The Forged Coupon

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The Forged Coupon
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Greedy Children by Nikolai Nevrev (1830-1904)
Author Leo Tolstoy
Original title Фальшивый купон (Fal'shivyi kupon)
Translator Charles Theodore Hagberg Wright
Country Russia
Language Russian
Genre Fiction, Short Stories
Publication date
1912 (Posthumously)

The Forged Coupon (Russian: Фальшивый купон, Fal'shivyi kupon) is a novella in two parts by Leo Tolstoy. Though he first conceived of the story in the late 1890s, he did not begin writing it until 1902. After struggling for several years, he finally completed the story in 1904; however, it was not published until some of Tolstoy's shorter works were collected and anthologized after his death in 1910.[1]

Synopsis[edit]

The story is divided into two parts. In Part I, schoolboy Mitya is in desperate need of money to repay a debt, but his father angrily denies him assistance. Dejected, under the instigation of a friend Makhin, Mitya simply changes a $2.50 note to read $12.50, but this one evil deed sets off a chain of events that affects the lives of dozens of others, when his one falsehood indirectly causes a man to murder a woman at the end of Part I, and then seek redemption through religion in Part II.

Having written the novella in his dying years, after his excommunication, Tolstoy relishes the chance to unveil the "pseudo-piety and hypocrisy of organized religion." Yet, he maintains an unwavering belief in man's capacity to find truth, so the story remains hopeful, especially in Part II, which shows that good works can affect another as in a domino effect, just as evil does in Part I.[2] The novella has also been translated with the title "The Counterfeit Note" and "The Forged Banknote."[3]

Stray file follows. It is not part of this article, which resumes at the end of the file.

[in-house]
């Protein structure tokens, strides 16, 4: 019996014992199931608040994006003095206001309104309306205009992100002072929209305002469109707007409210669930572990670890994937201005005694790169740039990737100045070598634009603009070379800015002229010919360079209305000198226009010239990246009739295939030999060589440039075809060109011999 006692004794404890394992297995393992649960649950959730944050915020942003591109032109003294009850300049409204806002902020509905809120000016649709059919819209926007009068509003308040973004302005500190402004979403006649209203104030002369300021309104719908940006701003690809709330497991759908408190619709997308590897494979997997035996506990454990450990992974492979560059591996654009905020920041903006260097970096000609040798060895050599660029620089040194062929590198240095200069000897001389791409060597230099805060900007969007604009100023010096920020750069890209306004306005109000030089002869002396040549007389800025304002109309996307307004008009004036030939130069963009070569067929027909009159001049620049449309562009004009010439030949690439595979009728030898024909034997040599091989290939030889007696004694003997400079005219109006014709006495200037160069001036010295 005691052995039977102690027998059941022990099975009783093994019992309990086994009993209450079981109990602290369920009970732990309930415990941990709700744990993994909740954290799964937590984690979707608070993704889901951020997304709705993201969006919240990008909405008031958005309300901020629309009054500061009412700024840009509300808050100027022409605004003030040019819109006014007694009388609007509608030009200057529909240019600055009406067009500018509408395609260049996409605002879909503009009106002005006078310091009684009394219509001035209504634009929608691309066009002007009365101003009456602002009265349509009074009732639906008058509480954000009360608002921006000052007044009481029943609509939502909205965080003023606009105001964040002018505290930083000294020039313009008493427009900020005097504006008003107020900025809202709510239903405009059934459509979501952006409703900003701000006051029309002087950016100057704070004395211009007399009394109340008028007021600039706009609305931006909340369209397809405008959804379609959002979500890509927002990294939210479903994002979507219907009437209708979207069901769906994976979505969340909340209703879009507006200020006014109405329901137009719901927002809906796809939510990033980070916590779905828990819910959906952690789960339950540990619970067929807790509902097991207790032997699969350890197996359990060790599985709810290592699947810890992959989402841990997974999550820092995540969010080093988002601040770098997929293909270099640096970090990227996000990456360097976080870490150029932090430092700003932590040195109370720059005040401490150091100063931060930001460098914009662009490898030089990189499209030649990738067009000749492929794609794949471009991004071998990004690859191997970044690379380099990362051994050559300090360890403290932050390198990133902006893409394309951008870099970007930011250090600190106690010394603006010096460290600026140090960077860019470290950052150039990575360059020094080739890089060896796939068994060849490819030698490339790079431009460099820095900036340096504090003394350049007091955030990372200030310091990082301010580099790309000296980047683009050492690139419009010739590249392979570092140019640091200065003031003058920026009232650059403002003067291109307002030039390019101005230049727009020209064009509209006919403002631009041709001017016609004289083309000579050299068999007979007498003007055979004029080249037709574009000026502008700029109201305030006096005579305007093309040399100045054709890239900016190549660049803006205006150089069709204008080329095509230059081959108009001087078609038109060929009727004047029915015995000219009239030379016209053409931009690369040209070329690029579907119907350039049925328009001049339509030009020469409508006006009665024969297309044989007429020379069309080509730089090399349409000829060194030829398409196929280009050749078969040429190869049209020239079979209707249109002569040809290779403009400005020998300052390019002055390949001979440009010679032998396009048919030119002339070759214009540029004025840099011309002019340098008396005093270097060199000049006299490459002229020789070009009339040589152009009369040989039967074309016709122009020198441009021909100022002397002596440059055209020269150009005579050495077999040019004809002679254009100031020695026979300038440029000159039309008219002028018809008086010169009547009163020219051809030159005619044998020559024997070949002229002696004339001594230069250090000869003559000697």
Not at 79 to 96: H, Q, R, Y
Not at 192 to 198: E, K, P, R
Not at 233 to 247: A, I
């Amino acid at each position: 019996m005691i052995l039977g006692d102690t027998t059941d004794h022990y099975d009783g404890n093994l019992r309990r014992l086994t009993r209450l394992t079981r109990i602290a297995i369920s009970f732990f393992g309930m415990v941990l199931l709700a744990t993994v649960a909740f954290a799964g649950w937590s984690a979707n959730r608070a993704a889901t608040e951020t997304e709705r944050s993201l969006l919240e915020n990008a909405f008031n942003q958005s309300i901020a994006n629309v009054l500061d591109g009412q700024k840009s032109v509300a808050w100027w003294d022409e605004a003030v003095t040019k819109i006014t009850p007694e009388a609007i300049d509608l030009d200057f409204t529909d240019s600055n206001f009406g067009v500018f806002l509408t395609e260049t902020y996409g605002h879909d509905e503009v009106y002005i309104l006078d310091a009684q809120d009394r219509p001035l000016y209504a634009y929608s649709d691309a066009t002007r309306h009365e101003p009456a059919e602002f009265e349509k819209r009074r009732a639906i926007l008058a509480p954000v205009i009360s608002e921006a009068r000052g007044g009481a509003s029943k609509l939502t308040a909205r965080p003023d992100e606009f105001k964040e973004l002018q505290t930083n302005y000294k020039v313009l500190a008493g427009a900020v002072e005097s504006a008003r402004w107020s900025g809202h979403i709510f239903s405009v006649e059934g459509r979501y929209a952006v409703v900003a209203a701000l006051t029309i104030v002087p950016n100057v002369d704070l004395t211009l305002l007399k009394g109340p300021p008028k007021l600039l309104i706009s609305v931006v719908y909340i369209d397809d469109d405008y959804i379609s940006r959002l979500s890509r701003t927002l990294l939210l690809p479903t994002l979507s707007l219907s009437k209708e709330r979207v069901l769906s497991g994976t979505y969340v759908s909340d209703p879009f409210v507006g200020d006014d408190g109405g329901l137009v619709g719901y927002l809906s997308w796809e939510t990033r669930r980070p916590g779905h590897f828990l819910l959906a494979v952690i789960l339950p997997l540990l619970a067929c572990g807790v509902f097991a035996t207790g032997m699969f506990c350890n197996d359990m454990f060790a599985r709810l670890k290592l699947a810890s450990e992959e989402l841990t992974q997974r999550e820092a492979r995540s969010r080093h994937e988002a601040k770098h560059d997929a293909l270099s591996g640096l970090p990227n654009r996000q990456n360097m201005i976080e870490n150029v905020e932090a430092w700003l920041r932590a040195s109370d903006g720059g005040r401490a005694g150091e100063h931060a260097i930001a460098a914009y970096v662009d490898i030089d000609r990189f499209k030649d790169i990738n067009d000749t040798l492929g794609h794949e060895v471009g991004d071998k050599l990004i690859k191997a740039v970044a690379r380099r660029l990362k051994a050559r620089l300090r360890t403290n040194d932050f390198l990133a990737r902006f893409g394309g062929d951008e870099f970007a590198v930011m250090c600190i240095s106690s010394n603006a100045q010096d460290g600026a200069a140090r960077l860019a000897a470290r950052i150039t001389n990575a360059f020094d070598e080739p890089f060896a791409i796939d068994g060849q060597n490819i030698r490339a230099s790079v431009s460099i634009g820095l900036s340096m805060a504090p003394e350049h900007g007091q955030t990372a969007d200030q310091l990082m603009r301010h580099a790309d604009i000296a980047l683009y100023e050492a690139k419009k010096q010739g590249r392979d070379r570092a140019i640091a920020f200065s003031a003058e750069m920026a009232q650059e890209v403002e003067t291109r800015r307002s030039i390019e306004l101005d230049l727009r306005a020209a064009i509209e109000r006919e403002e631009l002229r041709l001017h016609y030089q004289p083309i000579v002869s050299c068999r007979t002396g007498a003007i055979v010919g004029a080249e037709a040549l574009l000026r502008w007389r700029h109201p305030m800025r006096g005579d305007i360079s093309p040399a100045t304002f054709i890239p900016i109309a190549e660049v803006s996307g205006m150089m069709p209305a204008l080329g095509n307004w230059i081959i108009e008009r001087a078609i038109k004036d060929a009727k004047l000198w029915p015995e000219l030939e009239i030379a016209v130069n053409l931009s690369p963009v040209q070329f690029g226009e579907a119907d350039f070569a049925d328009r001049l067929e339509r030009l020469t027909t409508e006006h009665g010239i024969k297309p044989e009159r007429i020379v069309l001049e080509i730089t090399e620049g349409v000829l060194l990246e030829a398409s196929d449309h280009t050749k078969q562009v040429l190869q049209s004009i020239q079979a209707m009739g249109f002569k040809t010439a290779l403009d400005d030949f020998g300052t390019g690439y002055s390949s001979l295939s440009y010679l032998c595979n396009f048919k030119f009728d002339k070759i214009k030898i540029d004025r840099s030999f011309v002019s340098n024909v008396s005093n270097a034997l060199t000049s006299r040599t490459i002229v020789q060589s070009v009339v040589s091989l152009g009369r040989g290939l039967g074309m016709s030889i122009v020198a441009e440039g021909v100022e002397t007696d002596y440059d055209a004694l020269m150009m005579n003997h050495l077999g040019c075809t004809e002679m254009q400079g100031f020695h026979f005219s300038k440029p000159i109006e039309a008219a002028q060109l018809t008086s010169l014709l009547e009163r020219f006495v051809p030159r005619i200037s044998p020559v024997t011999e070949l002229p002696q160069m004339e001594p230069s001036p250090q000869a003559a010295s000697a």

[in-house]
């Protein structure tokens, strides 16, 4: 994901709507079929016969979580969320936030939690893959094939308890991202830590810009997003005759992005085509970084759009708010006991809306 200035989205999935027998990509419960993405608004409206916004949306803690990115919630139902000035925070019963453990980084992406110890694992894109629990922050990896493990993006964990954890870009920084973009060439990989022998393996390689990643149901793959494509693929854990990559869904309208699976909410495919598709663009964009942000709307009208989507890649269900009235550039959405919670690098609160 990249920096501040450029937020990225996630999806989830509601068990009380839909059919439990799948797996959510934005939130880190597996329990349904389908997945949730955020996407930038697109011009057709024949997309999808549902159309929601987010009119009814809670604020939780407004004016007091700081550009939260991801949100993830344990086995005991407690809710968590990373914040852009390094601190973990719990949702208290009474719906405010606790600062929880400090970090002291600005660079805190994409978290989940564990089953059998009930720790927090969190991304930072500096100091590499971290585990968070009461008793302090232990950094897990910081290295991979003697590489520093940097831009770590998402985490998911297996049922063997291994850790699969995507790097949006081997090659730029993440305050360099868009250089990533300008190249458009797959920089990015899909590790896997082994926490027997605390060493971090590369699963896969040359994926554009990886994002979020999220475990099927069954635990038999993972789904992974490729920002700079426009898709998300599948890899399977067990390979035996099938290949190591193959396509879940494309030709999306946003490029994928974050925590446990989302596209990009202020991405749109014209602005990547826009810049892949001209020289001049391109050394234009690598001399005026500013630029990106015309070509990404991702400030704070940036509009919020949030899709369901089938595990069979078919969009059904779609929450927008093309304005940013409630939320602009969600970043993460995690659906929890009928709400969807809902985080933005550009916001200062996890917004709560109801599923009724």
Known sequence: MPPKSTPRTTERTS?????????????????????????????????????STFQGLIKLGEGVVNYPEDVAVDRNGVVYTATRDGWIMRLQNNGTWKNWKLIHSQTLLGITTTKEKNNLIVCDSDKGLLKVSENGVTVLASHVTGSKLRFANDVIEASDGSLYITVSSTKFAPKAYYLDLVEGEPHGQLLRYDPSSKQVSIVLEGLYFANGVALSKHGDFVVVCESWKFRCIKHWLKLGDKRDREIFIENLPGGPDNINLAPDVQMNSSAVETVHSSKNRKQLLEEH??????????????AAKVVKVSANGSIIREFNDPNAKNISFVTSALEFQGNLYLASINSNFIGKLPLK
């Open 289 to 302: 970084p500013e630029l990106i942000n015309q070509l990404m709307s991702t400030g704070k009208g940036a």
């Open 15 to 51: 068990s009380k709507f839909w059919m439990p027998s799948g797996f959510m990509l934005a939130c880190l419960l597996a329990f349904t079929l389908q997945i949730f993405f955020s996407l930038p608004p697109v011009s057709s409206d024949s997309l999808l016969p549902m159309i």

Adaptations[edit]

Movie poster for the 1983 film, L'Argent

Robert Bresson used Part I as the basis for his last film, L'Argent (1983), transposing the action from early nineteenth century tsarist Russia to capitalistic, present-day France.[4] Bresson merges the characters of Ivan Mirinov and Stepán into "Yvon Targe", thus providing the ensemble cast with a concise protagonist and focusing more specifically in his story. Because Part II is completely omitted, there is no redeeming the many characters and their crimes that lead up to murder in Part I.

The film Frozen Land (Finnish: Paha maa) is a 2005 critically acclaimed dark Finnish film drama directed and written by Aku Louhimies that is based on Part I and set in contemporary Finland.

References[edit]

  1. ^ R. F. Christian, Tolstoy's Diaries Volume II 1895-1910 (1985) Athlone Press, p. 452. December 13, 1897, Tolstoy lists The Forged Coupon as one of thirteen "subjects which can be, and deserve to be worked up properly." p. 473, Dec. 20, 1899, Tolstoy thought about the story and thought "Perhaps I'll write it."
  2. ^ R. F. Christian, Tolstoy's Letters Volume II 1880—1910 (1978) Charles Scribner's Sons, p. 733. In the index, under "Tolstoy, Lev Nikolayevich, works:" there is the index entry "False Coupon, The, 515, 639—640"
  3. ^ Kent Jones, L'Argent London (1999) BFI Publishing, p. 24
  4. ^ Moravia, A. (1998). L'Argent. In J. Quandt (Ed.), Robert Bresson. Toronto: Cinematheque Ontario Monographs, p. 408

External links[edit]

Read the full text of The Forged Coupon at Project Gutenberg.org